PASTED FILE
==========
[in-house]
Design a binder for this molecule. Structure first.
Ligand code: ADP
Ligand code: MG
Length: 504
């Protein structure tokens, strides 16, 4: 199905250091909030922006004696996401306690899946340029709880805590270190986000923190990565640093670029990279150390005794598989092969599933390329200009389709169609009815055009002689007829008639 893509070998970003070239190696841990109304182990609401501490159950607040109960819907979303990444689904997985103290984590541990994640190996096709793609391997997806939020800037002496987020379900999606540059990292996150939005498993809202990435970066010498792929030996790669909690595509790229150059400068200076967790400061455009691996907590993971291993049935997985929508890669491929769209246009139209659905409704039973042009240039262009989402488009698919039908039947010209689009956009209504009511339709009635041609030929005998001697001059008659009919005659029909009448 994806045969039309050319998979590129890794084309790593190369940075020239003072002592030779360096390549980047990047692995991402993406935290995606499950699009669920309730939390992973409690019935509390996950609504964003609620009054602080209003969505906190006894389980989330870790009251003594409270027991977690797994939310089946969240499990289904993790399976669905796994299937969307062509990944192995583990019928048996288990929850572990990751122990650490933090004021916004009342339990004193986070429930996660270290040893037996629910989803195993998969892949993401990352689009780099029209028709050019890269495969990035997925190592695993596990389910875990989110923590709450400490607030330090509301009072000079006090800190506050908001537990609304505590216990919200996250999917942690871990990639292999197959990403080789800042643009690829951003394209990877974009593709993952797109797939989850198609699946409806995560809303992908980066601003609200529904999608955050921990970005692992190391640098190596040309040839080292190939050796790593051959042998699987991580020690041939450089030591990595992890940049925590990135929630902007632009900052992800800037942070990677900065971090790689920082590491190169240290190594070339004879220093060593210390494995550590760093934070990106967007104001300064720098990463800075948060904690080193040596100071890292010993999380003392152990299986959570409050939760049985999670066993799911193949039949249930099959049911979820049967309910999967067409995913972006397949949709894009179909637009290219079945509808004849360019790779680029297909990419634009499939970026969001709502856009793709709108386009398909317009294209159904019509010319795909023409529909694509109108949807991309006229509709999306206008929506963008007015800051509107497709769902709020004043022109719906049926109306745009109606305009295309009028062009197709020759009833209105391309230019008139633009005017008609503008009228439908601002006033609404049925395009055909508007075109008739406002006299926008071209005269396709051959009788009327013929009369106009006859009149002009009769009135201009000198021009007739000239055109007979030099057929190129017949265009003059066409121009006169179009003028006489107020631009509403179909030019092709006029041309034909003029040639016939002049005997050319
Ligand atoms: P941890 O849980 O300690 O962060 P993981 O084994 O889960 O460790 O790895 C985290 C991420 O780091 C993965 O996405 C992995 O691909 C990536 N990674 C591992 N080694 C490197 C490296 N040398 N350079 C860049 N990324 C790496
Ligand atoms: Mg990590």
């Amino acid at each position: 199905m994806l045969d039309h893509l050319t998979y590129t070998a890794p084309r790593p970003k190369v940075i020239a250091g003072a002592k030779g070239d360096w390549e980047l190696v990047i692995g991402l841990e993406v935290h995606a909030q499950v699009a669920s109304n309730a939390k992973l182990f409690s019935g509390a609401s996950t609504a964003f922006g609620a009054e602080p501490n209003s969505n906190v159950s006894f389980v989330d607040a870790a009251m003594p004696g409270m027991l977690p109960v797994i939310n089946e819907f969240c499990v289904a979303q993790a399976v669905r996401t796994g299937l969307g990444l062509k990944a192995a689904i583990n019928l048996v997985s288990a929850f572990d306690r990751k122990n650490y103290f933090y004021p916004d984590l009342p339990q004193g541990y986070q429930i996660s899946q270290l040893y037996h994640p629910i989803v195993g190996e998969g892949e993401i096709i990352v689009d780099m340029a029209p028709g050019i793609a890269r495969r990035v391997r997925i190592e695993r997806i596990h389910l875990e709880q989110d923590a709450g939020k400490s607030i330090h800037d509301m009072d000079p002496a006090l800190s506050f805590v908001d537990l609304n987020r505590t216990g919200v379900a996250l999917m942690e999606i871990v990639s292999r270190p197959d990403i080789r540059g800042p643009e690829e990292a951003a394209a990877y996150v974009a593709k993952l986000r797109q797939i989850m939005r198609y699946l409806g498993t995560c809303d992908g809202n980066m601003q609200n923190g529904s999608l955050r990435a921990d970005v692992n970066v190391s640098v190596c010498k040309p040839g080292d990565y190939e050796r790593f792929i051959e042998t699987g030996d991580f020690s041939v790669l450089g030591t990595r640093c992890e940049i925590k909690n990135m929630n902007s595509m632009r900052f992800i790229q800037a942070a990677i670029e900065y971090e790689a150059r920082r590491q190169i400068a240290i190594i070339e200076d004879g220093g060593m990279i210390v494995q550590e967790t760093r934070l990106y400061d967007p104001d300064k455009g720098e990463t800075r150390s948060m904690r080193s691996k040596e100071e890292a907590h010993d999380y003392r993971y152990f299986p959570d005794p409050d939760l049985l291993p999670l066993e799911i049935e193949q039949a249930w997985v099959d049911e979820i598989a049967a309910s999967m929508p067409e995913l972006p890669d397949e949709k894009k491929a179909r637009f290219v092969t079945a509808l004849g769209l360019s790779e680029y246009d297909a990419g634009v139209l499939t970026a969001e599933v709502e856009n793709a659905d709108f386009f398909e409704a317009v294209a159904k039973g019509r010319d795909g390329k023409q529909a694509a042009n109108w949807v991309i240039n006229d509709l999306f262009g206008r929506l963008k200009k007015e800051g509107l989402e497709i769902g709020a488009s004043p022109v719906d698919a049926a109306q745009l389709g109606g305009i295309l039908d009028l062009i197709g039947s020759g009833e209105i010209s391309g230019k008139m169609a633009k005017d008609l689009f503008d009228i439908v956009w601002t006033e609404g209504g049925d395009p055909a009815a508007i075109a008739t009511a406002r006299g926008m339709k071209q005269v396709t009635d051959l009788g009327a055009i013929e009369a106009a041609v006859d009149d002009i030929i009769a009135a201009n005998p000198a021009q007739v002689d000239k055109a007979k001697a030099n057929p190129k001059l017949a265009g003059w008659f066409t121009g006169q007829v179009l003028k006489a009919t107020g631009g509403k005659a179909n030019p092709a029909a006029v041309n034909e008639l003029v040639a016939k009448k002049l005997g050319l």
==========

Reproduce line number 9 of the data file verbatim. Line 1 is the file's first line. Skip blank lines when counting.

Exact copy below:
């Amino acid at each position: 199905m994806l045969d039309h893509l050319t998979y590129t070998a890794p084309r790593p970003k190369v940075i020239a250091g003072a002592k030779g070239d360096w390549e980047l190696v990047i692995g991402l841990e993406v935290h995606a909030q499950v699009a669920s109304n309730a939390k992973l182990f409690s019935g509390a609401s996950t609504a964003f922006g609620a009054e602080p501490n209003s969505n906190v159950s006894f389980v989330d607040a870790a009251m003594p004696g409270m027991l977690p109960v797994i939310n089946e819907f969240c499990v289904a979303q993790a399976v669905r996401t796994g299937l969307g990444l062509k990944a192995a689904i583990n019928l048996v997985s288990a929850f572990d306690r990751k122990n650490y103290f933090y004021p916004d984590l009342p339990q004193g541990y986070q429930i996660s899946q270290l040893y037996h994640p629910i989803v195993g190996e998969g892949e993401i096709i990352v689009d780099m340029a029209p028709g050019i793609a890269r495969r990035v391997r997925i190592e695993r997806i596990h389910l875990e709880q989110d923590a709450g939020k400490s607030i330090h800037d509301m009072d000079p002496a006090l800190s506050f805590v908001d537990l609304n987020r505590t216990g919200v379900a996250l999917m942690e999606i871990v990639s292999r270190p197959d990403i080789r540059g800042p643009e690829e990292a951003a394209a990877y996150v974009a593709k993952l986000r797109q797939i989850m939005r198609y699946l409806g498993t995560c809303d992908g809202n980066m601003q609200n923190g529904s999608l955050r990435a921990d970005v692992n970066v190391s640098v190596c010498k040309p040839g080292d990565y190939e050796r790593f792929i051959e042998t699987g030996d991580f020690s041939v790669l450089g030591t990595r640093c992890e940049i925590k909690n990135m929630n902007s595509m632009r900052f992800i790229q800037a942070a990677i670029e900065y971090e790689a150059r920082r590491q190169i400068a240290i190594i070339e200076d004879g220093g060593m990279i210390v494995q550590e967790t760093r934070l990106y400061d967007p104001d300064k455009g720098e990463t800075r150390s948060m904690r080193s691996k040596e100071e890292a907590h010993d999380y003392r993971y152990f299986p959570d005794p409050d939760l049985l291993p999670l066993e799911i049935e193949q039949a249930w997985v099959d049911e979820i598989a049967a309910s999967m929508p067409e995913l972006p890669d397949e949709k894009k491929a179909r637009f290219v092969t079945a509808l004849g769209l360019s790779e680029y246009d297909a990419g634009v139209l499939t970026a969001e599933v709502e856009n793709a659905d709108f386009f398909e409704a317009v294209a159904k039973g019509r010319d795909g390329k023409q529909a694509a042009n109108w949807v991309i240039n006229d509709l999306f262009g206008r929506l963008k200009k007015e800051g509107l989402e497709i769902g709020a488009s004043p022109v719906d698919a049926a109306q745009l389709g109606g305009i295309l039908d009028l062009i197709g039947s020759g009833e209105i010209s391309g230019k008139m169609a633009k005017d008609l689009f503008d009228i439908v956009w601002t006033e609404g209504g049925d395009p055909a009815a508007i075109a008739t009511a406002r006299g926008m339709k071209q005269v396709t009635d051959l009788g009327a055009i013929e009369a106009a041609v006859d009149d002009i030929i009769a009135a201009n005998p000198a021009q007739v002689d000239k055109a007979k001697a030099n057929p190129k001059l017949a265009g003059w008659f066409t121009g006169q007829v179009l003028k006489a009919t107020g631009g509403k005659a179909n030019p092709a029909a006029v041309n034909e008639l003029v040639a016939k009448k002049l005997g050319l």